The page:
still couldn’t believe I was looking at Robin Finck. Having proficiently handled axe duties for several years

with Nine Inch Nails, Finck looked back then to be something out of the circus of the apocalypse, but the

man played like the devil himself. Exuding a confidence no amount of posturing can imitate, he brought a

searing intensity to each Guns song with impassioned intricacy and soul. His beautifully shredding five-

minute solo following "Better" was a standout performance in a night full of highlights.

Finck was great before his apparent bohemian awakening, but this was something else entirely. He was

essentially running through a gallery of world-renowned portraits and landscapes, the best of their time and

sacred to many, casting his own colors and impressions onto each canvas. Somehow, blasphemy be

damned, he made improvements.

Bumblefoot’s solo instrumental take on “Don’t Cry” was gorgeous enough to substitute for the real thing.

However, the pace of the evening stumbled during his failed, entirely- too-long attempt at turning “Mr.

Grinch” into a sing-along during one of Axl’s many departures from the stage. How many verses are in that

damn song, forty? Points for the green smoke effects, but it would’ve gone over better as just a ten-second


Visually, the years may have done strange things to Axl Rose, but his signature wailing has never been

better. Polished, commanding and in high gear from the start, his delivery only grew stronger as the band

moved through an impressively solid set. The infamous temper tantrums of old weren’t at all present; Rose

actually laughed at himself for slipping and falling on his ass early on. This man knows he has something to

prove, and for a reputation such as his, it’s remarkable to see him actually behaving himself. The guy

actually comes off as likable.

Sebastian Bach returned to the stage to share vocal duties on a blistering rendition of “My Michelle,” a

appropriately shiteating grin on his face as he traded lines with Rose; after his set earlier in the evening he

was offered a major-label record deal. Watch out world, hair metal returns...or something.

The gritty jive of junkie-anthem “Nightrain” closed the first set, explosive and supercharged. Axl’s vocals

were again undeniably perfect as he soared through the highest registers without so much as a strained

note. The band exited the stage to thunderous applause, but for a production of this scale, nobody expected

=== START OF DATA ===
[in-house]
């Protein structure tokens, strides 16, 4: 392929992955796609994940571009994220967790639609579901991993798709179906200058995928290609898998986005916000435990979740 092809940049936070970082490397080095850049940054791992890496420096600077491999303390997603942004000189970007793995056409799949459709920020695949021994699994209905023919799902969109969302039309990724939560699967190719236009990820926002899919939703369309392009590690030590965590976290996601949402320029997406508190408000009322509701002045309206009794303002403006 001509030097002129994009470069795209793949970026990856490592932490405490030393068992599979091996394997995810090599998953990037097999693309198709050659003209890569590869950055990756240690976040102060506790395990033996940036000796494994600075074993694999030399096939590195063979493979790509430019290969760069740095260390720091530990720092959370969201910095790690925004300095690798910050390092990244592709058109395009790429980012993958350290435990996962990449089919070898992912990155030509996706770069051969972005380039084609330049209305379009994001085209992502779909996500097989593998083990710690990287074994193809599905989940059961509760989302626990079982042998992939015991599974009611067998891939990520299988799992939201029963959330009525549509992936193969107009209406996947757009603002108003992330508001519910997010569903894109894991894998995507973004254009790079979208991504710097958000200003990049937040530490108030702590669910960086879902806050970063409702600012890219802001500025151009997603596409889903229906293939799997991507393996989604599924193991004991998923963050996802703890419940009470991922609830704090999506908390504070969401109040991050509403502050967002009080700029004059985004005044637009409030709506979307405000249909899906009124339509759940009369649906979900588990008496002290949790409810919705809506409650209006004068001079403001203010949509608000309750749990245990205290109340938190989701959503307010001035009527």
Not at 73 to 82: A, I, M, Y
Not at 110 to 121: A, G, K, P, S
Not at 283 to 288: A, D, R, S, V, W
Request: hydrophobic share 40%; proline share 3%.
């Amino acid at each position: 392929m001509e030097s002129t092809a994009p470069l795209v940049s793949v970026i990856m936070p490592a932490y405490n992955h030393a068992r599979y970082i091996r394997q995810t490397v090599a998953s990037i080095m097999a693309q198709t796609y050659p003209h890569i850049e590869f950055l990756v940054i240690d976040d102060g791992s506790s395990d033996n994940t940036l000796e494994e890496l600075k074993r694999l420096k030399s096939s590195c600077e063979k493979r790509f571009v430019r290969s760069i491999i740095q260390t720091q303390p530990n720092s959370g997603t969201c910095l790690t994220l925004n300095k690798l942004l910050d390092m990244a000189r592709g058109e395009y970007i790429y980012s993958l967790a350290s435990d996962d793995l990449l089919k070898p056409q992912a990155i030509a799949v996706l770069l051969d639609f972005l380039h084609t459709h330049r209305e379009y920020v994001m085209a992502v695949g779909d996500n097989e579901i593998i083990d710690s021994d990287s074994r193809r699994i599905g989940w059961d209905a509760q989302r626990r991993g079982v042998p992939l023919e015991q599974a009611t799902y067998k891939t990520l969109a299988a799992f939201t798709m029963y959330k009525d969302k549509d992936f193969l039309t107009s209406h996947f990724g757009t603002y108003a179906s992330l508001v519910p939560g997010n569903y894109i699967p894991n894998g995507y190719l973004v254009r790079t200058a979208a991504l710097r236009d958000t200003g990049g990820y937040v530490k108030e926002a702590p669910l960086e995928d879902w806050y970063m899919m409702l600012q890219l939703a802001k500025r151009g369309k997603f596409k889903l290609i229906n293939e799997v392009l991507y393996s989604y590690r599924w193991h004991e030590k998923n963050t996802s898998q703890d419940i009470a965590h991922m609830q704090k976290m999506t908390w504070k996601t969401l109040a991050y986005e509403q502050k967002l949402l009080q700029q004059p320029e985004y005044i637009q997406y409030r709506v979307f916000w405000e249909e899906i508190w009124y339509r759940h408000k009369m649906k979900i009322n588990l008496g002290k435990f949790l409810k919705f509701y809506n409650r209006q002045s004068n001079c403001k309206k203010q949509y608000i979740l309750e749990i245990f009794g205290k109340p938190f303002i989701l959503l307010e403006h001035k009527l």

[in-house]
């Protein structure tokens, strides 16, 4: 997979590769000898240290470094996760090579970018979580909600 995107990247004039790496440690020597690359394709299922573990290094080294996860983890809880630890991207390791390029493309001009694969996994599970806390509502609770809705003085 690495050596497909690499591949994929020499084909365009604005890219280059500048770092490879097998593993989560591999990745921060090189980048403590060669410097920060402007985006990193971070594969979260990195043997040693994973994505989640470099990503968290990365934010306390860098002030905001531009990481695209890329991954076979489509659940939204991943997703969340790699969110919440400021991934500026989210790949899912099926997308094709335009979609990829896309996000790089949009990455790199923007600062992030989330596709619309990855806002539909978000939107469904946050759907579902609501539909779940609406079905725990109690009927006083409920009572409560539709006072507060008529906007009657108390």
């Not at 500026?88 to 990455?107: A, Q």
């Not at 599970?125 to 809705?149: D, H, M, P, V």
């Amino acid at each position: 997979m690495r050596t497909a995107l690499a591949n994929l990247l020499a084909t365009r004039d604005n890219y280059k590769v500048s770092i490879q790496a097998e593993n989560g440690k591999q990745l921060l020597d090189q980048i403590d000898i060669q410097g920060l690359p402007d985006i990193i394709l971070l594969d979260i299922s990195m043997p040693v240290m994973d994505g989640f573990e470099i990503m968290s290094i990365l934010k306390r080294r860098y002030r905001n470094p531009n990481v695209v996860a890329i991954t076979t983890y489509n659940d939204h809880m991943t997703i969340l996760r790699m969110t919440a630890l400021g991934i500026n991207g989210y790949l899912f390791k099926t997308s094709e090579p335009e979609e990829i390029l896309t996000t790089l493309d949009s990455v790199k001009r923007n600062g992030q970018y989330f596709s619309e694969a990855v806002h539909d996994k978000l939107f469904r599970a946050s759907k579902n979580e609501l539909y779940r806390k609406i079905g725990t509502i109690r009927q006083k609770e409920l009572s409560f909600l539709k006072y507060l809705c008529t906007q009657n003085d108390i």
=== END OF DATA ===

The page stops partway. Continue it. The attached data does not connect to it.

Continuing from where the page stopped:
the night to end there.

Three of the four encore songs were new, presumably a part of Chinese Democracy (due to hit stores on

March 6 – allegedly - you know the drill). The first was the grinding, not-quite-epic title track, while “IRS,”

another new overdrive-rocker, was more energetic and fun than the studio version circulating around the

net. It gives exactly the impression that Rose likely wants: it’s a logical step forward from Use Your Illusion,

Rose’s narrative landscape and dramatic flair pushing the envelope just enough to avoid alienating fans. The

magnetic pulse of “Madagascar” was irresistible, building steadily toward an epic climax with a “Civil War”


Red confetti filled the Gibson Ampitheater as the sticky-sweet “Paradise City” brought the show to a close, a

wall of sparks showering down behind Axl while he wailed into the mic as if it were only yesterday that he

ruled the rock world, white spandex shorts and all. There’s never been any shortness of theatrics associated

with G’N’R, but these days costume changes and pyrotechnics replace concert no-shows and childish fits.

The band took a final bow to ear-splitting cheers, every one of them smiling genuinely. The only true, classic

Guns N’ Roses was buried before the turn of the century. Nobody's denying that. Short of a seemingly-

impossible reunion of the original members, this is the very closest Rose can come to bringing justice to the

name while keeping these songs, these living legends, alive. It's close enough for me.

Having canceled what was intended to be the remaining four dates of the tour to put the final touches on

Chinese Democracy, Axl’s apparent new urgency is a good sign. It would seem that this is the last stretch

before we finally hear what’s been in the works for a decade, but don’t hold your breath – it’s been said

before. The new tracks are a very promising taste of things to come, and should he finally deliver on this

latest deadline, one thing is certain:

2007 will belong to Axl Rose.

SOURCE: Crave Online

RELATED DISCUSSION: http://www.mygnrforum.com/index.php?showtopic=87585